Recent guidelines from the Task Force on Myocardial Revascularization of the European Society of Cardiology and the European Association for Cardio-Thoracic Surgery recommend that ad hoc PCI be avoided in most patients with multivessel disease who are clinically stable.6
In our study, patient cases were infrequently discussed at formal, multidisciplinary case conferences. We believe there are opportunities to improve transparency and consistency of decision-making around the mode of revascularization and suggest that an efficient multidisciplinary team approach to decision-making be established for patients who could potentially undergo either PCI or CABG surgery. Such a team could include an interventional cardiologist, the physician who performed the catheterization if not an interventional cardiologist, a cardiac surgeon, the referring physician when feasible, and the patient. Public release of information on the long-term outcomes of PCI and CABG surgery by centre, and increased use of patient decision aids may also help patients make fully informed choices about their treatment options.24
Our study has several limitations. First, it was not designed to identify an ideal PCI:CABG ratio. Further study of the outcomes of patients who received treatment at hospitals with different procedure ratios would help identify whether certain practice patterns are associated with better long-term outcomes for patients.
Second, variations in the PCI:CABG ratio could reflect provider knowledge of local outcomes for both procedures. We could not assess whether this was an important consideration from the available data.
Third, we did not have information on the extent to which patients with multivessel disease made a fully informed decision about the choice of PCI versus CABG surgery. However, the high frequency of ad hoc PCI suggests that many of these decisions were likely made without the involvement of a cardiac surgeon.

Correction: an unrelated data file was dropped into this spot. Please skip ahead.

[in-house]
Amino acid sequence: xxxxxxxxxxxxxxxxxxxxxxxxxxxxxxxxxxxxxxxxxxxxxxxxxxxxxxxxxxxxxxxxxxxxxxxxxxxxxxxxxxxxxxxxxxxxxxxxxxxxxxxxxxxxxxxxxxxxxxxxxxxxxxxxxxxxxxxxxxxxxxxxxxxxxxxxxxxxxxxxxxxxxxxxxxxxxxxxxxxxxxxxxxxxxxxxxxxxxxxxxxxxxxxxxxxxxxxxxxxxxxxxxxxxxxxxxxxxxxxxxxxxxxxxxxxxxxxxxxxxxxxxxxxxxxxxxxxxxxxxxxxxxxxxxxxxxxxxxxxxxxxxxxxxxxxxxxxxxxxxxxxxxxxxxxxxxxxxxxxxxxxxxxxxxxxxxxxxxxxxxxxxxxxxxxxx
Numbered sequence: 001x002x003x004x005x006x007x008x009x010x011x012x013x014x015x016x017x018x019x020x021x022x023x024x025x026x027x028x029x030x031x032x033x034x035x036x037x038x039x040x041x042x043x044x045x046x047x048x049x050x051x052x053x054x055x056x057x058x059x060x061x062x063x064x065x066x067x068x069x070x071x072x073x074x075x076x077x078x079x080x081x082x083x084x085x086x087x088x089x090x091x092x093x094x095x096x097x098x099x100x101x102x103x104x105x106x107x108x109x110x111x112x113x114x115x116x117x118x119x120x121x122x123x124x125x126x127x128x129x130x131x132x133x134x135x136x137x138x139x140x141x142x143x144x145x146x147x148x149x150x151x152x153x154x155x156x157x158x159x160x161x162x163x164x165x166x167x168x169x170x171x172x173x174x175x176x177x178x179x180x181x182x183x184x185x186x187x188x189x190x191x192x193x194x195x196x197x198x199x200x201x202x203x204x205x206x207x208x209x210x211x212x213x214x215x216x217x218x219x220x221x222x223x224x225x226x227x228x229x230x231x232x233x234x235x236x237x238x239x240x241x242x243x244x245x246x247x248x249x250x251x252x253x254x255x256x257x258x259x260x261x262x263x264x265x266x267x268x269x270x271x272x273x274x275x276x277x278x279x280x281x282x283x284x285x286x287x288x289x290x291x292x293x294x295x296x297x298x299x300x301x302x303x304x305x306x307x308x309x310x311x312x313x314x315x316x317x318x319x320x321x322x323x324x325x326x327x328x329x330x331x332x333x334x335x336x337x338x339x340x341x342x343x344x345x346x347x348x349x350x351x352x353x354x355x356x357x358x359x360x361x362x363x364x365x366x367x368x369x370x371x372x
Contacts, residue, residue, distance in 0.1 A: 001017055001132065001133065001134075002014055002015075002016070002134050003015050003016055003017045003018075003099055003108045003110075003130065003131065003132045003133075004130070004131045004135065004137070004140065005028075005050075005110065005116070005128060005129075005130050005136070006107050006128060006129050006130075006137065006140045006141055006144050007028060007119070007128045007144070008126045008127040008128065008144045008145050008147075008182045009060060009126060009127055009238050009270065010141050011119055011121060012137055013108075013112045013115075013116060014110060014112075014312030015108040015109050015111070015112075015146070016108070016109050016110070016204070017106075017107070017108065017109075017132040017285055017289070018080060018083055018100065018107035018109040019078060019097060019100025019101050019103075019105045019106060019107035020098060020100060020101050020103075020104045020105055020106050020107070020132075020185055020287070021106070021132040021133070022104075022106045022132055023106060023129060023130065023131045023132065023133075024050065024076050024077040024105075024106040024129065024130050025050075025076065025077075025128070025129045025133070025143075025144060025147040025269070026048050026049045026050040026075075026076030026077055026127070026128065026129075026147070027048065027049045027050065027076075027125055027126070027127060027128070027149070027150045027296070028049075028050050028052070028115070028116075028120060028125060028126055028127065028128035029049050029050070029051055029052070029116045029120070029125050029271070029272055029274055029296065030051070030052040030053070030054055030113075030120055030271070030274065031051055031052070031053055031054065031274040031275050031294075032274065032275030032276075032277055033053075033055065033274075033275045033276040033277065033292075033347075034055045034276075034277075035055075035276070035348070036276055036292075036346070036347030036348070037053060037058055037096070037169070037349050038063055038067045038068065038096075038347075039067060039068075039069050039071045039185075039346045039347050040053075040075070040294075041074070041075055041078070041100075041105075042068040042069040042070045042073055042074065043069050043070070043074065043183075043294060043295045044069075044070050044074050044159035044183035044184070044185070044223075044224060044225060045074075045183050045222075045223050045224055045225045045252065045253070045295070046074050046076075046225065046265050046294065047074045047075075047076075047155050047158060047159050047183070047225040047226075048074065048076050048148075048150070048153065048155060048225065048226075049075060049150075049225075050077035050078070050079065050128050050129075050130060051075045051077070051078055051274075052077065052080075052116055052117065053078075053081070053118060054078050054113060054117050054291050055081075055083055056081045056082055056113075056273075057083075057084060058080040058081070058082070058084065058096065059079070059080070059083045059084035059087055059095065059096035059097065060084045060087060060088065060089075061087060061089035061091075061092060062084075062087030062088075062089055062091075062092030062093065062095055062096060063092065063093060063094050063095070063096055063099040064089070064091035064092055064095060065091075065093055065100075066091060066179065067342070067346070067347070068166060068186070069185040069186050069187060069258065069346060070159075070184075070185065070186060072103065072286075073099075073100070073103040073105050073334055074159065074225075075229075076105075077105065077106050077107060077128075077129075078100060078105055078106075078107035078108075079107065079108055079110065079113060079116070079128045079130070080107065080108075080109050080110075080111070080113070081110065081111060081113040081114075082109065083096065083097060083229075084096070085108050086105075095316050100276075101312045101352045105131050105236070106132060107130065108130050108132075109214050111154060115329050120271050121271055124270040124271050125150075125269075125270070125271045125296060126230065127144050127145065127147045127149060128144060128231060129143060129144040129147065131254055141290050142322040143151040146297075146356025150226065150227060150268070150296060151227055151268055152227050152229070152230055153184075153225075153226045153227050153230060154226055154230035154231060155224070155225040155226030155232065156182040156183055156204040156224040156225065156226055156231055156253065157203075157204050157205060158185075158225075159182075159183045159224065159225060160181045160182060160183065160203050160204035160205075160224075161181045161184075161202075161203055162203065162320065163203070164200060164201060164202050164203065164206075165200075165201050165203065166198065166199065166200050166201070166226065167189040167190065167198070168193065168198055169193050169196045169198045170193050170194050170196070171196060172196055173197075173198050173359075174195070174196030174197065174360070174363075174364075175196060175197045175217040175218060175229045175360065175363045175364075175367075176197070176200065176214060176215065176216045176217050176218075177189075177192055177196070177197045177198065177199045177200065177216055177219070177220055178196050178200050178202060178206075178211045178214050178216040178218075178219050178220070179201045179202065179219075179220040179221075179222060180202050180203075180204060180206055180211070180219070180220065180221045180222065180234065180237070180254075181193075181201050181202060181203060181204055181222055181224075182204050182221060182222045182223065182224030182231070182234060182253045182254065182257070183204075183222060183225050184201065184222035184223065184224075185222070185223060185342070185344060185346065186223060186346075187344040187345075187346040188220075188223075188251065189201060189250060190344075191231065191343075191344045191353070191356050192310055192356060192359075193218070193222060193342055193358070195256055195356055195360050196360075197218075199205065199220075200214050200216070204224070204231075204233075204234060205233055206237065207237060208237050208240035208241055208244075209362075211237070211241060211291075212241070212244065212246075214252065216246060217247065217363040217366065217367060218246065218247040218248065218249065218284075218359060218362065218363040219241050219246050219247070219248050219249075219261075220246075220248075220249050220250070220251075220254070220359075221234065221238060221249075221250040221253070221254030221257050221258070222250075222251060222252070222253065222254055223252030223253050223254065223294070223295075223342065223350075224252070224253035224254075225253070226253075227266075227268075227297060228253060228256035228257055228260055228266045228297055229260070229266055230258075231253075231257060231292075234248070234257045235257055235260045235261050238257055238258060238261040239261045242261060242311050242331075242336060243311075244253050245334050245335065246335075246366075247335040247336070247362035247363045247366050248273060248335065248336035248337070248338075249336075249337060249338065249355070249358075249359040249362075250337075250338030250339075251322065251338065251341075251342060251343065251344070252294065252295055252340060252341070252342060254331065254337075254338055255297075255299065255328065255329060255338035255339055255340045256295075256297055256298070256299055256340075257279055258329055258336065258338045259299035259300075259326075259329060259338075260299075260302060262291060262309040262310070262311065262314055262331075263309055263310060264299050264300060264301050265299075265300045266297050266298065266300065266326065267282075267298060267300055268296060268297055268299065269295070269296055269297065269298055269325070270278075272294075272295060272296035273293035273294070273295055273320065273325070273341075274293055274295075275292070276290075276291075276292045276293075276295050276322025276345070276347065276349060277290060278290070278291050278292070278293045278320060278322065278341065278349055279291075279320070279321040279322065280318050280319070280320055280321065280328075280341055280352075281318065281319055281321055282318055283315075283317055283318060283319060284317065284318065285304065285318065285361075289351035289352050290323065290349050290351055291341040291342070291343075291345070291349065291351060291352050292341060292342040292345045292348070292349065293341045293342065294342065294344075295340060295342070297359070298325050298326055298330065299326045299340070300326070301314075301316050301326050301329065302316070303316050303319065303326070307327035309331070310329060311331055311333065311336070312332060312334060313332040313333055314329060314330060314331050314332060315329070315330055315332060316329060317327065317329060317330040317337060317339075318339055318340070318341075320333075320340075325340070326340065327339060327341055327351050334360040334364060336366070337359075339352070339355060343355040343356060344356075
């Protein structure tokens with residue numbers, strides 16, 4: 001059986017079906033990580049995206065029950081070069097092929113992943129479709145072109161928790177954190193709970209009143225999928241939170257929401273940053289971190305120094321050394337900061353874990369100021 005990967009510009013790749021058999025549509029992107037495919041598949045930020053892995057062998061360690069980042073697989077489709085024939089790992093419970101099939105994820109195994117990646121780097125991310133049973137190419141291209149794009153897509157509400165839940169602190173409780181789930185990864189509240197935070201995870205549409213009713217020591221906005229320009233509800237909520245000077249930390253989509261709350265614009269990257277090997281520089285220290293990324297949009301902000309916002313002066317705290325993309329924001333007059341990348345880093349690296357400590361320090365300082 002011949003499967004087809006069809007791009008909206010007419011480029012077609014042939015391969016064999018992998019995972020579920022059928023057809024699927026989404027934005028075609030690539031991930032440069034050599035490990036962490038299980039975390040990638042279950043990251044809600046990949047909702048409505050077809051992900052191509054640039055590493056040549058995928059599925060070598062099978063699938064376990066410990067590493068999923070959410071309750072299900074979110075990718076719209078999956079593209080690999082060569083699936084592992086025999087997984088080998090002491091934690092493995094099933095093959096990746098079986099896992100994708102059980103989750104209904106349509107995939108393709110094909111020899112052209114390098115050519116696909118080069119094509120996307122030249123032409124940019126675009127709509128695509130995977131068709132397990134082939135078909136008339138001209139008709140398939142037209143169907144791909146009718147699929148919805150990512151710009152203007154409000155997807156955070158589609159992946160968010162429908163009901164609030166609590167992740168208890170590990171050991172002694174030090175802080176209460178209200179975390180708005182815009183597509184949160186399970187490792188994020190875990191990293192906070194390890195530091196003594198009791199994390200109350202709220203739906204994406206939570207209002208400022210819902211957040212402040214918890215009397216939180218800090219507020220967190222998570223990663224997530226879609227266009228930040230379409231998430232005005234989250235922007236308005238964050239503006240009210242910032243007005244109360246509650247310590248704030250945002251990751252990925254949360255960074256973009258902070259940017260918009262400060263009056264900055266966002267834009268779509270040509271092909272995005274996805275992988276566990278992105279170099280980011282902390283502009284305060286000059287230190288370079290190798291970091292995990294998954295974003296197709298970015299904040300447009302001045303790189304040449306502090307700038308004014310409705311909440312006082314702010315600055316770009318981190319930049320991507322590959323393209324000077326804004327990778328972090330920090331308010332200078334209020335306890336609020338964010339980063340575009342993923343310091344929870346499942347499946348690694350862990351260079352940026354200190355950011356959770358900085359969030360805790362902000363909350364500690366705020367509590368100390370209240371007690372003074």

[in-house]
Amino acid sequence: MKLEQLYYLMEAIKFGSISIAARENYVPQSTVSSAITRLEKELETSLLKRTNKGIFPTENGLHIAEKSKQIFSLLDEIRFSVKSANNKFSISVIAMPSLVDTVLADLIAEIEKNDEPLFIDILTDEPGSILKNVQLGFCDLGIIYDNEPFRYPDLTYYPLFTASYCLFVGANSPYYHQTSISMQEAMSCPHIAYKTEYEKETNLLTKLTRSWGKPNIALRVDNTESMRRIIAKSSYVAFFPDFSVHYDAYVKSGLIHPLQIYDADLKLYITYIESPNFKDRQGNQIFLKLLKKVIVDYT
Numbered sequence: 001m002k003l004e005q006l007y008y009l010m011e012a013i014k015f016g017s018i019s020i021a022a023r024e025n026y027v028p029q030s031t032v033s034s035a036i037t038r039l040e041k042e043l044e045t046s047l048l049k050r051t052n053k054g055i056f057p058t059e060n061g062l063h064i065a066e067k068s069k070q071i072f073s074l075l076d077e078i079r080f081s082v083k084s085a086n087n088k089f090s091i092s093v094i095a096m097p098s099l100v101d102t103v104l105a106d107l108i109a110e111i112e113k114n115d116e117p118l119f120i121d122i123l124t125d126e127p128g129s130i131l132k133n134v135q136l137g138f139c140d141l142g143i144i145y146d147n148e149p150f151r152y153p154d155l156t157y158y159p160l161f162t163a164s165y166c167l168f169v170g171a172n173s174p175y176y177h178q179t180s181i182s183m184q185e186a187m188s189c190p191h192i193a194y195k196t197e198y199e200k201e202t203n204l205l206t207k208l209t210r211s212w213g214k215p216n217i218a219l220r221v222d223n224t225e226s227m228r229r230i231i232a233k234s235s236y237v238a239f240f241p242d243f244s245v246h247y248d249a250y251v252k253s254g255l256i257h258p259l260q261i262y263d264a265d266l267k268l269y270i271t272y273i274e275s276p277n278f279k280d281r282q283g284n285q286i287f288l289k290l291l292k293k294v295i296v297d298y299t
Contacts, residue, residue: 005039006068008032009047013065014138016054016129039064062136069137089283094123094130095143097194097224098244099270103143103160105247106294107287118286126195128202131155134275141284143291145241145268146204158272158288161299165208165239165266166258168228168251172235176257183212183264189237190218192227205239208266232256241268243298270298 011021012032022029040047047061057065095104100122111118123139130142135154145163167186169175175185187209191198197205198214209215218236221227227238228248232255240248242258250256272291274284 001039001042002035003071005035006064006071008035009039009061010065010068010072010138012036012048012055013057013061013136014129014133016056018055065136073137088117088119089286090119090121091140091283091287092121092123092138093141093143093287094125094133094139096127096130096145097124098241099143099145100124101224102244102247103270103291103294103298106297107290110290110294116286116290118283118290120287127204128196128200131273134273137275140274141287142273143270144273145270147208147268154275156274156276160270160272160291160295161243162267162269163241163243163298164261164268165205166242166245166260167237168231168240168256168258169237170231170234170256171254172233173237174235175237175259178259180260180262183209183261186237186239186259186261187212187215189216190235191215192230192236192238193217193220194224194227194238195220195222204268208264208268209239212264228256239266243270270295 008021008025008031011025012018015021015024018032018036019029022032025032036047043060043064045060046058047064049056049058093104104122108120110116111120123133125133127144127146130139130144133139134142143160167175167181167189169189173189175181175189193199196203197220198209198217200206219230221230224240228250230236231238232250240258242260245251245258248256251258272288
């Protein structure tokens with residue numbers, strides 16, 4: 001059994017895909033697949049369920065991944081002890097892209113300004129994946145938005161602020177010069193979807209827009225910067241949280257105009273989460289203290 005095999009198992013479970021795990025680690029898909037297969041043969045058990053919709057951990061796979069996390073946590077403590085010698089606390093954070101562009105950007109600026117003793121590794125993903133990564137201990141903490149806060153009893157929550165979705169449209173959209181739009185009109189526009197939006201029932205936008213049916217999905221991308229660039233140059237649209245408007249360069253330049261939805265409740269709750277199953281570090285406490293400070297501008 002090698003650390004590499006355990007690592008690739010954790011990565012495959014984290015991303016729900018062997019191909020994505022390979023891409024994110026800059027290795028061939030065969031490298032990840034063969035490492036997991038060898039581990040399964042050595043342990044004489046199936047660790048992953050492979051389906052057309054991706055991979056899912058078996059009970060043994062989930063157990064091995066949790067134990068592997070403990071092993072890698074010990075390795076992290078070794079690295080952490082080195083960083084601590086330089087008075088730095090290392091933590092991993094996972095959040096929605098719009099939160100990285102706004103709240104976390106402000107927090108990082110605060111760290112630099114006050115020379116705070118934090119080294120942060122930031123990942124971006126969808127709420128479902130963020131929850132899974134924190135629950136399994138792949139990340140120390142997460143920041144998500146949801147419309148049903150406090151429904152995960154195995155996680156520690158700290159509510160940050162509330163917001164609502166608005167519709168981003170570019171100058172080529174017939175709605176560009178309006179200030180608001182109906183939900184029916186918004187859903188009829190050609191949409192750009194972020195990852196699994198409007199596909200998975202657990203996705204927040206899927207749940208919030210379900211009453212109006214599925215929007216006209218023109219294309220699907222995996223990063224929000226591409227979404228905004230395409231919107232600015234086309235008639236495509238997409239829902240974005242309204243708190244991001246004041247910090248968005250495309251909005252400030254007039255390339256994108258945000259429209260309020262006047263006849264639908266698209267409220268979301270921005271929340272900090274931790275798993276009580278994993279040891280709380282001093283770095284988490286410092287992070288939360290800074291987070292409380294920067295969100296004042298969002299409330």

Fourth, we could not determine from the available data whether there was underuse of PCI among some patients at hospitals with lower PCI:CABG ratios who might have benefitted from PCI.
Finally, variations in the use of medical therapies may have influenced the results of our study. However, a full exploration of this topic was beyond the scope of our study, because we focused only on the utilization of PCI and CABG surgery.
We found that the recommendation of the physician performing the diagnostic catheterization and the treating hospital were strong independent predictors of the mode of revascularization. Our findings may have important clinical and policy implications and are likely to stimulate debate and discussion about the optimal approach to decisions about the mode of revascularization for patients with advanced coronary artery disease. Although many patients may still prefer PCI because it is less invasive, cardiac surgeons need to be more involved in clinical decision-making when patients are candidates for either PCI or CABG surgery. Patients need to be fully informed about the benefits and risks of all alternative treatment options. Opportunities exist to improve transparency and consistency around the decision-making process for coronary revascularization, most notably among patients with non-emergent multivessel disease.